This week, the Advantage Structural Warranty team has been taking a look at the updated designs for Old Oak Commons Station, which have been unveiled by HS2 Ltd.
The station in West London will provide a world-class interchange for an estimated 250,000 passengers each day and will be a gateway into Old Oak and Park Royal, one of the largest regeneration sites in the UK. The station design development has been led by engineering professional services consultancy WSP, and architects WilkinsonEyre.
The submission is the next stage in the development of the Old Oak Common site. The local community and wider general public were consulted on the designs for the station in 2019, through a series of formal public engagement events.
Plans to transform the wider area around the station, a former railway and industrial site, are being led by OPDC and they project that the area around the new HS2 station will become a neighbourhood with the potential to create tens of thousands of homes and jobs.
Matthew Botelle, HS2’s Stations Director, said: “Significant progress is already being made at Old Oak Common with site clearance ready for station construction to start. The Schedule 17 submission is the next step in HS2’s delivery of a world class railway, with landmark station architecture designed with future passengers in mind.
“HS2 will transform Old Oak Common, and will be the key to unlocking thousands of new jobs and homes around what will be the UK’s best connected transport hub.”
PBC Today looked at the reported overall benefits of the scheme, stating that: According to HS2 Ltd, the company responsible for building the 345-mile line, the completed HS2 will stop at 25 stations and connect some 30m people. It will cut journey times between London and Birmingham from the current fastest time of 82 minutes to 45 minutes, while also freeing up space on the existing network for more local services and freight.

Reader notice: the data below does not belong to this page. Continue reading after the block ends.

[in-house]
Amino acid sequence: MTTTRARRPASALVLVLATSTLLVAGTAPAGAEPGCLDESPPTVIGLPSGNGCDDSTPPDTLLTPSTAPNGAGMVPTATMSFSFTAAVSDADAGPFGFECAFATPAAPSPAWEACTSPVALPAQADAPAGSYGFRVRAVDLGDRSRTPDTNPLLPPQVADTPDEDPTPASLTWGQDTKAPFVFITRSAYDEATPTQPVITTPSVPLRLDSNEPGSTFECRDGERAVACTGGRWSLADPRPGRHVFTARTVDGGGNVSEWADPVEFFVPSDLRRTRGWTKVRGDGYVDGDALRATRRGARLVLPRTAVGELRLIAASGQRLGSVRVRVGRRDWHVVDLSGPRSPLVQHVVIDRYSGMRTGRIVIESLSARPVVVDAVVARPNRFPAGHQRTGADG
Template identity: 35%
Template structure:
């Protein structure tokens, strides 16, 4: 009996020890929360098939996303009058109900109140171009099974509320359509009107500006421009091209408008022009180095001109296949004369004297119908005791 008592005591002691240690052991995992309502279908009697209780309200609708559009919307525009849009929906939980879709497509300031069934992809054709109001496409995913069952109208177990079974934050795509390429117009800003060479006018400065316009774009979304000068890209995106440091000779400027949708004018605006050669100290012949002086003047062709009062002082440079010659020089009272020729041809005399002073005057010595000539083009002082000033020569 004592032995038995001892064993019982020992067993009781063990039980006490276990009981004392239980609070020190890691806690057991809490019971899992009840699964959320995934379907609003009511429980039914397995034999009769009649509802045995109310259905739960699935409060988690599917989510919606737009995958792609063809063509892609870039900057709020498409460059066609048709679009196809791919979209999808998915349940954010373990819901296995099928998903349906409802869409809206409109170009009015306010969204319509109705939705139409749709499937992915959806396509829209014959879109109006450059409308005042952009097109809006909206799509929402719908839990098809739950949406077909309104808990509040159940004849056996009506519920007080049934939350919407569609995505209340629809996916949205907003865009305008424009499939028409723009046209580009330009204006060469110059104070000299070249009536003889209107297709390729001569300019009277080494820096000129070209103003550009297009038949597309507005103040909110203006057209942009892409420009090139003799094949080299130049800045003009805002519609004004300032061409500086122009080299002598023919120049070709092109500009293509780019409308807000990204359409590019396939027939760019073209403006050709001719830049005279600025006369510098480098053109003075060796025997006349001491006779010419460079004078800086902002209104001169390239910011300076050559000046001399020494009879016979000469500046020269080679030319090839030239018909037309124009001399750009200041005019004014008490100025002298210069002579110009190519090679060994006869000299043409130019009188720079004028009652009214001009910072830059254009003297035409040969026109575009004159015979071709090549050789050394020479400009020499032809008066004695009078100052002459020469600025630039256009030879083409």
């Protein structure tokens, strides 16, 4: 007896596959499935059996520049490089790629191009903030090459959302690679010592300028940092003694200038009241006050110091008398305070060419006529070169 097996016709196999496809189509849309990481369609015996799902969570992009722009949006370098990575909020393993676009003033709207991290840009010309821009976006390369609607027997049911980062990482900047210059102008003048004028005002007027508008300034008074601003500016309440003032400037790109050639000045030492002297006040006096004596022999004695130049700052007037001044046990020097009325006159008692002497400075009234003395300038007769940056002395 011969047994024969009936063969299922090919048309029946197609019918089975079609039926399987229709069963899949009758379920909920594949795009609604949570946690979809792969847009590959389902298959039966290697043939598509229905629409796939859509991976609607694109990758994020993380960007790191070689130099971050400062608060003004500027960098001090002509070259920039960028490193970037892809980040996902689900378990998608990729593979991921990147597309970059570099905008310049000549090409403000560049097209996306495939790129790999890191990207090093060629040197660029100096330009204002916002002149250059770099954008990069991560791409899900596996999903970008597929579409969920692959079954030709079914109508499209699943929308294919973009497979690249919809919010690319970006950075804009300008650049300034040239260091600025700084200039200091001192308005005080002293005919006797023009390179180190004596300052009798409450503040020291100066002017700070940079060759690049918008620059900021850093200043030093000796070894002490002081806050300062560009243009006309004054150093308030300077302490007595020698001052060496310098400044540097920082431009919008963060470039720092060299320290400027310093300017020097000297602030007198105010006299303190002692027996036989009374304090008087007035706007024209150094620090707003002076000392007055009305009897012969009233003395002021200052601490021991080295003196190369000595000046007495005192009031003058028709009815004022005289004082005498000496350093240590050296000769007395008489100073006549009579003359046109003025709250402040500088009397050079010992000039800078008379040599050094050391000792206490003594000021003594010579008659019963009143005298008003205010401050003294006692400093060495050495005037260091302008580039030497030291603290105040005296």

HS2 Ltd put the expected economic benefits of the scheme at £92bn and said that at the peak of construction, the project will support 30,000 jobs, 70% of which will be outside London.
However, the team at PBC Today acknowledge that the scheme has not been without controversy, citing the concerns of Lord Berkeley, the former civil engineer who resigned as deputy chair of the official review into HS2 over what he saw as a lack of balance in the final report, saying MPs had been “misled” over the costs of the project, which were put at £55.7bn in 2015 but are now expected to be at least £88bn.
He claims HS2 in overdesigned and unnecessary in a country the size of the UK and has called instead for investment in existing rail infrastructure in the North.
PBC Today is inviting their readers to have their say in a survey titled: HS2: Transformational infrastructure or gigantic waste of money?
As reported by the BBC, the Prime Minister gave the project the go-ahead last week but acknowledged it had been “a controversial and difficult decision”.
Labour supports HS2 but has criticised an “abject failure of successive Conservative governments to keep on top of the costs”.
The cost of the programme set out in the 2015 Budget was just under £56bn, but one independent estimate puts likely eventual costs at as much as £106bn.
Even the harshest critics of HS2 would acknowledge that the project will create jobs and opportunities, cutting travel times for many. However, in the face of much scrutiny and, indeed, scepticism, regarding the likely ultimate cost of the project, and the timescale for its completion, the government will face mounting pressure to prove that the large investment it has made in this project could not have been better spent elsewhere on the rail network.
And even if HS2 repays Boris Johnson’s cautious optimism regarding the project, we don’t believe this will subdue the calls for more investment in the rail network in the North of England. In fact, if HS2 does go on to prove the critics wrong and show just what’s possible with some serious investment, we suspect that the calls for better connectivity between northern cities may get louder than ever.